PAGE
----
Donald Duck. History 1930-1940
The solution appeared in the form of the animated series of Silly Symphonies from Walt. Donald first appeared in The Wise Chicken on June 9, 1934, although he is mentioned in the 1931 Disney Storybook. In the cartoon, Donald and his friend, Peter Pig, go to the titular little Chicken, to her corn. The appearance of Donald in the cartoon, created by animators Art Babbit and Dick Humer, looks like his modern look; the feather and the color of the beak are the same, as are the blue Major Jersey and the hat, but his features are more elongated, his body is crowded, and his legs are larger. His iconic voice is voiced by Clarence Nash. It is noteworthy that speech in which the voices of the characters are based on their respective animals is used for each character, and not as a trait that belongs exclusively to Donald. Donald’s personality is also not developed; in short, he simply plays the part of a worthless friend from the original story.
Bert Gillett, director of The Wise Chicken, directed Donald into Mickey Mouse’s cartoon, The Orphan’s Guide, August 11, 1934. Donald is one of several characters who act as Mickey’s orphans. Donald’s action is to read poetry, but every time he tries, mischievous orphans humiliate him, forcing him to enter into a violent fit of anger. This explosive personality remained with Donald for decades to come. Although the Orphans advantage was Donald’s second appearance, the cartoon was the first to significantly develop its character. Many of Donald’s personality traits, first seen in Orphan’s Handbooks, will be constantly associated with him, such as his love of skill, his brutal determination, militancy, and his easily provoked character. The cartoon also featured some of Donald’s antics, for example, his characteristic hysterical leap on one leg when he stretches one fist and waves it. It was the creation of animator Dick Lundy, who called it the “combat pose” of Donald.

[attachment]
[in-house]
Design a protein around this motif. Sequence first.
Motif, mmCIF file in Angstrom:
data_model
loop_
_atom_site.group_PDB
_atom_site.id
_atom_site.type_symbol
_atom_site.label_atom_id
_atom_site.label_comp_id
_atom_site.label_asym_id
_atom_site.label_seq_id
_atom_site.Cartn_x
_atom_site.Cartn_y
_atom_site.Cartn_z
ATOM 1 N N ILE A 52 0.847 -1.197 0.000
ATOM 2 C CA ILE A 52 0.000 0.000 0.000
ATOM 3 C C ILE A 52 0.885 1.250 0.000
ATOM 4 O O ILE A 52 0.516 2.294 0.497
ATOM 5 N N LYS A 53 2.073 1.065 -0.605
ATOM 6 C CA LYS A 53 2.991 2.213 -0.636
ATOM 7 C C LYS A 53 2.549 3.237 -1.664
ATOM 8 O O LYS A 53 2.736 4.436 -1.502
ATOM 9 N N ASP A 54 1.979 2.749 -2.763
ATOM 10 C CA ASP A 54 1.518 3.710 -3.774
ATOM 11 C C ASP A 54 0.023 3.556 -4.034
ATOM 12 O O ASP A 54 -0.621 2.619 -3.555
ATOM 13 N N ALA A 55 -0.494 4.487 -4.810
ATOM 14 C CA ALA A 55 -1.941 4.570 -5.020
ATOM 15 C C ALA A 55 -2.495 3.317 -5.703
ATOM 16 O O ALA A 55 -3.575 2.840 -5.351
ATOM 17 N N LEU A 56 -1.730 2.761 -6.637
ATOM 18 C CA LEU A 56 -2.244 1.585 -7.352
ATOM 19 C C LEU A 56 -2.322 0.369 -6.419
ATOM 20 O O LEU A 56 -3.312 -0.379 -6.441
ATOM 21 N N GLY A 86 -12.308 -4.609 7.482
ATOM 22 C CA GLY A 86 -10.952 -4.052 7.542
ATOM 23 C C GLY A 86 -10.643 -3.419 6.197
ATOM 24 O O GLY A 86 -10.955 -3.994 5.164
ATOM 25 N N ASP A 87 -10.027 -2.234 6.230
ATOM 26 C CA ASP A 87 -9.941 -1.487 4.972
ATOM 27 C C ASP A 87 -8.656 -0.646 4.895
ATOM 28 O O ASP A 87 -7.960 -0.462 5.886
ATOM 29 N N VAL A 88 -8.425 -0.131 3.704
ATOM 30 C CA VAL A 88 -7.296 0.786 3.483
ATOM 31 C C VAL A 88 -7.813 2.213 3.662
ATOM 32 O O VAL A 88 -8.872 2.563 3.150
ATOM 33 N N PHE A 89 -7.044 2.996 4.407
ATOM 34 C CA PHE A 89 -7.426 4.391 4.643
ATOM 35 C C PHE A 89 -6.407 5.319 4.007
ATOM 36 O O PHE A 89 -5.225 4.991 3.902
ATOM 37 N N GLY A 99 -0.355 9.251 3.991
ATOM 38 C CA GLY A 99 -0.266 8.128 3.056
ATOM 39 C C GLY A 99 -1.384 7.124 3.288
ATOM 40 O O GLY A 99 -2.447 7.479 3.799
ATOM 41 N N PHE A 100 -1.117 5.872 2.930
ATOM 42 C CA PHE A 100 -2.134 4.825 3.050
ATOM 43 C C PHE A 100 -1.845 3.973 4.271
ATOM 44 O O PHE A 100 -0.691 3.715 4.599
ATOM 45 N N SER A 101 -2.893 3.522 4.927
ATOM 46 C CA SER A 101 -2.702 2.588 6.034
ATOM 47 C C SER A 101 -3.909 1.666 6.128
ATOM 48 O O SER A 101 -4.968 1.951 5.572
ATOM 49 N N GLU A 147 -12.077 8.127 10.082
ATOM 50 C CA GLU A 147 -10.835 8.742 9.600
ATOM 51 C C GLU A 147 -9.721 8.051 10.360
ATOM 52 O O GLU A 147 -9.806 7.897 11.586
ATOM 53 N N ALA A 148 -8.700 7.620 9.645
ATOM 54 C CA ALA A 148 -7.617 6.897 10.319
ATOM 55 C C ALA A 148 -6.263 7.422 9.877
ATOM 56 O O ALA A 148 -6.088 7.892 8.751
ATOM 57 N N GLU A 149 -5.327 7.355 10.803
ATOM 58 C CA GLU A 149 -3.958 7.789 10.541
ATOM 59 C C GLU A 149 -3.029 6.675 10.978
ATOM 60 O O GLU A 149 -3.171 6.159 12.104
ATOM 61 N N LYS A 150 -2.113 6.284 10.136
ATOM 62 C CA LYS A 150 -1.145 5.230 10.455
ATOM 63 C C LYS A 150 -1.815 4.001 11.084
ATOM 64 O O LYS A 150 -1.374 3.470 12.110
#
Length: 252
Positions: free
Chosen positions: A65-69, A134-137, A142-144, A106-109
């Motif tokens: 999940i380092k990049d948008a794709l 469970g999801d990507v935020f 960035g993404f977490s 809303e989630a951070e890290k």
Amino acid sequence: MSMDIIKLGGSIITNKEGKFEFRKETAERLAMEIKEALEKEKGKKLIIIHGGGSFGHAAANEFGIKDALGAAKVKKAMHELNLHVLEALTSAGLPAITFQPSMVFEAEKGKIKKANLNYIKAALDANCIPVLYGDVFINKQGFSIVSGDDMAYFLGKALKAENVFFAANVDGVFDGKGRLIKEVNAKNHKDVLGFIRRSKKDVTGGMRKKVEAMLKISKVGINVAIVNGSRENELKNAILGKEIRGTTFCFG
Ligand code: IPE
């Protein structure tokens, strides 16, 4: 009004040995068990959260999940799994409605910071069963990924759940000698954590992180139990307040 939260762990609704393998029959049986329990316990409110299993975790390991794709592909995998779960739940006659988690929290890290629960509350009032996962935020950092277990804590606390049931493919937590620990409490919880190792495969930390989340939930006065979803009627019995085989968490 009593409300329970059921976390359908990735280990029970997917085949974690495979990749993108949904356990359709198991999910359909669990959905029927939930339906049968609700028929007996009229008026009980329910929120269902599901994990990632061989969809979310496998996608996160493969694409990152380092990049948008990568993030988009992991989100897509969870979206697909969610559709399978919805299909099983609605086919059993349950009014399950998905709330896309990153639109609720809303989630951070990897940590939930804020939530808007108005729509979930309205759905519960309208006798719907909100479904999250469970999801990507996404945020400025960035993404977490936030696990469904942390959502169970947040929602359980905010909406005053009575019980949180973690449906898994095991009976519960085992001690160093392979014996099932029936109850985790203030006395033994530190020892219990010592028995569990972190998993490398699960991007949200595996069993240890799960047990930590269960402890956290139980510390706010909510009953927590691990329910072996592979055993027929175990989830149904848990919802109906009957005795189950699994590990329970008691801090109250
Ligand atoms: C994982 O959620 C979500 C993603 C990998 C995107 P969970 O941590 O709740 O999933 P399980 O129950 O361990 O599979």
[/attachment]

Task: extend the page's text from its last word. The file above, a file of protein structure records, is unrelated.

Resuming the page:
Donald went on to be a hit with the audience. The character began to appear in most Mickey Mouse cartoons as a regular member of the team with Mickey, Minnie Mouse, Goofy and Pluto. Animator Ben Sharpstein also created the classic image of Mickey, Donald and Goofy comedy in 1935, from the “Service Station” of Mickey cartoon. Following the success of the Service Station, Mickey, Donald, and Goofy often grouped together in several short films, where the trio’s ridiculous flaws could cause chaos.
Donald was redesigned in
, became more complete, round and cute.
Donald in “Don Donald”
He also began acting in solo cartoons, the first of which was ”
. This short cartoon also marked the first appearance
(here it is called
), as well as Donald’s 313 car. Daisy continued to be Donald’s love interest and recurring co-star in her cartoons, reflecting the relationship between Mickey and Minnie.
Donald’s nephews, Billy, Willy and Dilly, made their first animated appearance a year later in the 1938 cartoon, Donald’s Nephews, directed by Jack King (previously featured in Donald Duck comics). Around this period, Donald surpassed Mickey in popularity, both in favor of viewers and even for animators who found it increasingly difficult to create new and entertaining cartoons for Mickey to play. According to Jack Hann, there were several cartoons designed specifically for Mickey, but when the blunders got too “rude,” the story was replaced with a Donald star.
Since 1985, Donald’s official voice has been Tony Anselmo. A Disney animator and a man who loved to imitate voices, Anselmo made friends with Nash in his early days with the company and received personal voice lessons. Due to his diagnosis of leukemia, which Anselmo was not aware of, Nash taught Anselmo the secret intention of forcing him to replace him as Donald’s voice. Anselmo took on the role after the death of Nash.
In some cartoons and television series Donald voiced by Daniel Ross.
Donald’s unique and illegible voice was the focus of the short film, where hatred of his voice tells him to buy pills that can temporarily strengthen his vocal cords incredibly. Leslie Denison provided the complex, stubborn voice these pills would give him. A similar incident occurred in “Shadow War!” In which Donald’s artificially intelligible voice was provided by Don Cheaddle.